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Naming and Diagonalization, from Cantor to Gödel to Kleene
 in Logic Journal of the IGPL, 22 pages, and on Gaifman’s website
, 2006
"... Gödel’s incompleteness results apply to formal theories for which syntactic constructs can be given names, in the same language, so that some basic syntactic operations are representable in the theory. It is now customary to derive these results from the fixed point theorem (also known as the reflec ..."
Abstract

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Gödel’s incompleteness results apply to formal theories for which syntactic constructs can be given names, in the same language, so that some basic syntactic operations are representable in the theory. It is now customary to derive these results from the fixed point theorem (also known as the reflection theorem), which asserts the existence of sentences that “speak about themselves”. Let T be the theory and, for each wff φ, letpφqbe the term that serves as its name. Then the theorem says that, for any wff α(v) (with one free variable), there exists a sentence β for which: T ` β ↔ α(pβq) β is sometimes called the fixed point of α(v). All that is needed for the fixed point theorem is that the diagonal function, the one that maps each φ(v) toφ(p(φ(v)q)), be representable in T. The construction of β is more transparent if we assume that the functions is represented by a term of the language, diag(x). This means that the following holds for each φ(v): T ` diag(pφ(v)q) =pφ(pφ(v)q)q (Here ‘= ’ is the equality sign of the formal language; we use it also to denote equality in our metalanguage.) In other words, we can prove in T, for each particular argument, what the
Naming and Diagonalization, from Cantor to Gödel to Kleene
"... We trace selfreference phenomena to the possibility of naming functions by names that belong to the domain over which the functions are defined. A naming system is a structure of the form ðD, typeð Þ, f gÞ, where D is a nonempty set; for every a 2 D, which is a name of a kary function, fag: Dk! D ..."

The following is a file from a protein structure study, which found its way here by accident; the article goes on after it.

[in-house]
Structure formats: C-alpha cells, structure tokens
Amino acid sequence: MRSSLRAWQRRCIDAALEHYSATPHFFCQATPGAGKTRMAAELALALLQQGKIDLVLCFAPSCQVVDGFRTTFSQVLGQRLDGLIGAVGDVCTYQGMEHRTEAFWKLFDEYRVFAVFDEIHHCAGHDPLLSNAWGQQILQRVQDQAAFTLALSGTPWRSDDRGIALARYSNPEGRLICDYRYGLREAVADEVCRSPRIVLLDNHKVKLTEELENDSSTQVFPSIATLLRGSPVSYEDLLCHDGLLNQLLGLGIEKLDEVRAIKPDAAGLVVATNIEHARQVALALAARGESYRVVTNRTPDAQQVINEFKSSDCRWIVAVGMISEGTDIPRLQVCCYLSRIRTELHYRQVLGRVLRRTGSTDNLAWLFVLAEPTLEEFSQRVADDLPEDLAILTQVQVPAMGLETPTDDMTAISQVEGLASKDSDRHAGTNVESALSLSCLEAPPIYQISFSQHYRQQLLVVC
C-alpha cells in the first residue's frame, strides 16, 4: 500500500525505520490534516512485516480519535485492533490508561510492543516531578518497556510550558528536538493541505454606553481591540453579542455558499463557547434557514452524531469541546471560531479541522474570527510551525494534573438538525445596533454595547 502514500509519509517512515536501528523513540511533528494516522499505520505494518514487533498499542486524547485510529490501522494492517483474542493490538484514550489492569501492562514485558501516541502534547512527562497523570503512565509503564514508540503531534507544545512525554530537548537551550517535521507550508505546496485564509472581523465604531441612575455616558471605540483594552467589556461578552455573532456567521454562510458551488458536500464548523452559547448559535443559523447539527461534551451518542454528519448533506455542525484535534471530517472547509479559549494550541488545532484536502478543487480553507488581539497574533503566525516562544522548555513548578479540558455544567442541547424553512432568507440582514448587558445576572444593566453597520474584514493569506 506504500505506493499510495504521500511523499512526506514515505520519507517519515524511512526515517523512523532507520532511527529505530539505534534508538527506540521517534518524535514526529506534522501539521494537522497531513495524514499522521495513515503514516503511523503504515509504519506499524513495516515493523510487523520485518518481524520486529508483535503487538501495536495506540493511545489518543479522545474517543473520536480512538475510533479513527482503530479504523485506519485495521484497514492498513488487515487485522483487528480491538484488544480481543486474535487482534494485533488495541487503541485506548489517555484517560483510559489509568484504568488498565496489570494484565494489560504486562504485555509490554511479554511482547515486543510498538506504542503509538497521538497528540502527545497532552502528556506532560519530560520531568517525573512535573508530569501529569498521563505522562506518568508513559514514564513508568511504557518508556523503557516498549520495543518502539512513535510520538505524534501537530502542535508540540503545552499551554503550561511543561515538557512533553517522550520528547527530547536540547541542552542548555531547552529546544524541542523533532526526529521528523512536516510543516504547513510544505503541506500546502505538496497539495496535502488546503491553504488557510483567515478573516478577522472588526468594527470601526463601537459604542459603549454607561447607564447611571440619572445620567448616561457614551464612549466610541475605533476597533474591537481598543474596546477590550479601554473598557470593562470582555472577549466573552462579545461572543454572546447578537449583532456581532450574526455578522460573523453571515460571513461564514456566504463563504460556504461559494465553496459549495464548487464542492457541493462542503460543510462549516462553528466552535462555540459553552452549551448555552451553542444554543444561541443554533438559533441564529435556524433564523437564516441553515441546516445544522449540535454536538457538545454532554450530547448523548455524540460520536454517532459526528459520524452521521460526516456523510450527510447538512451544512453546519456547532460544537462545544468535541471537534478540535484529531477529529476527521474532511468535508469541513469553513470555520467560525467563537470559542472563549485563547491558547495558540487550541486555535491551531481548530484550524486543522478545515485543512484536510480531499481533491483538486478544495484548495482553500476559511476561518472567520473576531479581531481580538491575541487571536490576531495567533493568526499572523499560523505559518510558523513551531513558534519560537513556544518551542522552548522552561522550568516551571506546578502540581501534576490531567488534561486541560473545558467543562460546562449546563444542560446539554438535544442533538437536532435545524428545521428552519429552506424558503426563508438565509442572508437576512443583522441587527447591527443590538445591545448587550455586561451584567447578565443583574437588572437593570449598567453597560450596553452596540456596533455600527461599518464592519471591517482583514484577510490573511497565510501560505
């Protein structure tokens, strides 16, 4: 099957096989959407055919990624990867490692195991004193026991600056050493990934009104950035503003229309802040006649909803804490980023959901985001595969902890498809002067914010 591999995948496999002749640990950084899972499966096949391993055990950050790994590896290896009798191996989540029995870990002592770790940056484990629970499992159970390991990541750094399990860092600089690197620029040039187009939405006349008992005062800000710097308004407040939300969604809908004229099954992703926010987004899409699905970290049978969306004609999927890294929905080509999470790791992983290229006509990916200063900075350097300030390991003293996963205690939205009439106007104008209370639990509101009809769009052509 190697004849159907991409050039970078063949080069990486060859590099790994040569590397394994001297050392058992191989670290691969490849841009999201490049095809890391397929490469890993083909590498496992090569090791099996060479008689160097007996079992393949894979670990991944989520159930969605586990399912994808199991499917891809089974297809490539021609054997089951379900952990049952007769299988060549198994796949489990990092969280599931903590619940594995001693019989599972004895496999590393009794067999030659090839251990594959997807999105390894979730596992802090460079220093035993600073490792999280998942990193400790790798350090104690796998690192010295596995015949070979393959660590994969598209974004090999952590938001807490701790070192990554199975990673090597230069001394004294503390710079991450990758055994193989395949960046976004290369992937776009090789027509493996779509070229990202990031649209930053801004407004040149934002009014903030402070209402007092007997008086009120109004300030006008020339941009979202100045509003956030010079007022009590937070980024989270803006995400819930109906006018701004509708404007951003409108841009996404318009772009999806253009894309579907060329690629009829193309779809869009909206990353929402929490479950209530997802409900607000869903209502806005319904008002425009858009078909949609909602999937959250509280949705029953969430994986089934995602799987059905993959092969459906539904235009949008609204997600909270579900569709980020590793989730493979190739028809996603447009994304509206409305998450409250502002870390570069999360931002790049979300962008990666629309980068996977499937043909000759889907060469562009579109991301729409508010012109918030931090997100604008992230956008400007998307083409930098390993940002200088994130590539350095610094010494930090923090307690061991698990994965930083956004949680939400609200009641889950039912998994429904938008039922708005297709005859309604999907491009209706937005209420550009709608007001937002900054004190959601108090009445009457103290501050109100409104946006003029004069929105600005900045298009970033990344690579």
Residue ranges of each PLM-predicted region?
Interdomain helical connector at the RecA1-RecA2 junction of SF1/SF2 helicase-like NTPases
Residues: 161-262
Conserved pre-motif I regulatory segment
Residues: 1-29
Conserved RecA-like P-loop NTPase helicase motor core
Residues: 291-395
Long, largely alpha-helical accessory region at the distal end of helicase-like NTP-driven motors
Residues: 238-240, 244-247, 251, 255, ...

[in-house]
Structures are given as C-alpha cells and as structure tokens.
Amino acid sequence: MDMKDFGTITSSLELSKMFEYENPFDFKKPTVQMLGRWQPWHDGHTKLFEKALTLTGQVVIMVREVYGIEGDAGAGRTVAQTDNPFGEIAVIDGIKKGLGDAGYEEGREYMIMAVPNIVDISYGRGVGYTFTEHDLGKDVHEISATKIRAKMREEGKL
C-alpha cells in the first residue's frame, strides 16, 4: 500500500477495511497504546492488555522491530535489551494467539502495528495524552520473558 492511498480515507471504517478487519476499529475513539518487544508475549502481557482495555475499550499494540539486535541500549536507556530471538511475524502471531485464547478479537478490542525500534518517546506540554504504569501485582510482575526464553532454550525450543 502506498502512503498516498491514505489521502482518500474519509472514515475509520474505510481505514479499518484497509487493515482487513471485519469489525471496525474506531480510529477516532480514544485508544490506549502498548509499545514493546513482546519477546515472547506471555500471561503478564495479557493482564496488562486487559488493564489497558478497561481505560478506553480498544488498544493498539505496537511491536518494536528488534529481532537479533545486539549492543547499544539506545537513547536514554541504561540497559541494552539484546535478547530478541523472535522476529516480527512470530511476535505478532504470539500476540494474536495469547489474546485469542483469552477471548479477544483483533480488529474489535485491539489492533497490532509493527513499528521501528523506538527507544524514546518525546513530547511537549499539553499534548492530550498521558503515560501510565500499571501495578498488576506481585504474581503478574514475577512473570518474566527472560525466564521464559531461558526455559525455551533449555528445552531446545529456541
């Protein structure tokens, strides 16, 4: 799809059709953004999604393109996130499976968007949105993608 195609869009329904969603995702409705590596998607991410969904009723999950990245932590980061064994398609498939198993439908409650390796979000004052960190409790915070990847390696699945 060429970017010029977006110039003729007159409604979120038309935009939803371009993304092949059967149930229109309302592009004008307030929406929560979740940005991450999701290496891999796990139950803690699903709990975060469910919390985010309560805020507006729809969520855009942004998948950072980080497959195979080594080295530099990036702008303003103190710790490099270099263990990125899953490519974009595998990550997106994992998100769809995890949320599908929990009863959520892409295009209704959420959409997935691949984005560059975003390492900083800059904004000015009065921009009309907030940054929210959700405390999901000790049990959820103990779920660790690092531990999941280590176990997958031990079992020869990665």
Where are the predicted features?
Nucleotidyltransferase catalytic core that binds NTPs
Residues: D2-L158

Abstract
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We trace selfreference phenomena to the possibility of naming functions by names that belong to the domain over which the functions are defined. A naming system is a structure of the form ðD, typeð Þ, f gÞ, where D is a nonempty set; for every a 2 D, which is a name of a kary function, fag: Dk! D is the function named by a, and typeðaÞ is the type of a, which tells us if a is a name and, if it is, the arity of the named function. Under quite general conditions we get a fixed point theorem, whose special cases include the fixed point theorem underlying Gödel’s proof, Kleene’s recursion theorem and many other theorems of this nature, including the solution to simultaneous fixed point equations. Partial functions are accommodated by including ‘‘undefined’ ’ values; we investigate different systems arising out of different ways of dealing with them. Manysorted naming systems are suggested as a natural approach to general computatability with many data types over arbitrary structures. The first part of the paper is a historical reconstruction of the way Gödel probably derived his proof from Cantor’s diagonalization, through the semantic version of Richard. The incompleteness proof–including the fixed point construction–result from a natural line of thought, thereby dispelling the appearance of a ‘‘magic trick’’. The analysis goes on to show how Kleene’s recursion theorem is obtained along the same lines.